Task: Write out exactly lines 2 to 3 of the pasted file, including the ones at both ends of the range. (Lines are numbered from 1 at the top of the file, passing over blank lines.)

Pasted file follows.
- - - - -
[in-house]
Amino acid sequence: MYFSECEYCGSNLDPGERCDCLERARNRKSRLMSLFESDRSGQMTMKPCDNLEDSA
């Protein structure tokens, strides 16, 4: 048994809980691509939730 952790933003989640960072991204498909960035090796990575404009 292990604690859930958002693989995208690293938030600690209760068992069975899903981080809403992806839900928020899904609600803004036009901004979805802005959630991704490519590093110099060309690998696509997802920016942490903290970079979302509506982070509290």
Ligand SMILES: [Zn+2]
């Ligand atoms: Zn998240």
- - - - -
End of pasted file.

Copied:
Amino acid sequence: MYFSECEYCGSNLDPGERCDCLERARNRKSRLMSLFESDRSGQMTMKPCDNLEDSA
């Protein structure tokens, strides 16, 4: 048994809980691509939730 952790933003989640960072991204498909960035090796990575404009 292990604690859930958002693989995208690293938030600690209760068992069975899903981080809403992806839900928020899904609600803004036009901004979805802005959630991704490519590093110099060309690998696509997802920016942490903290970079979302509506982070509290």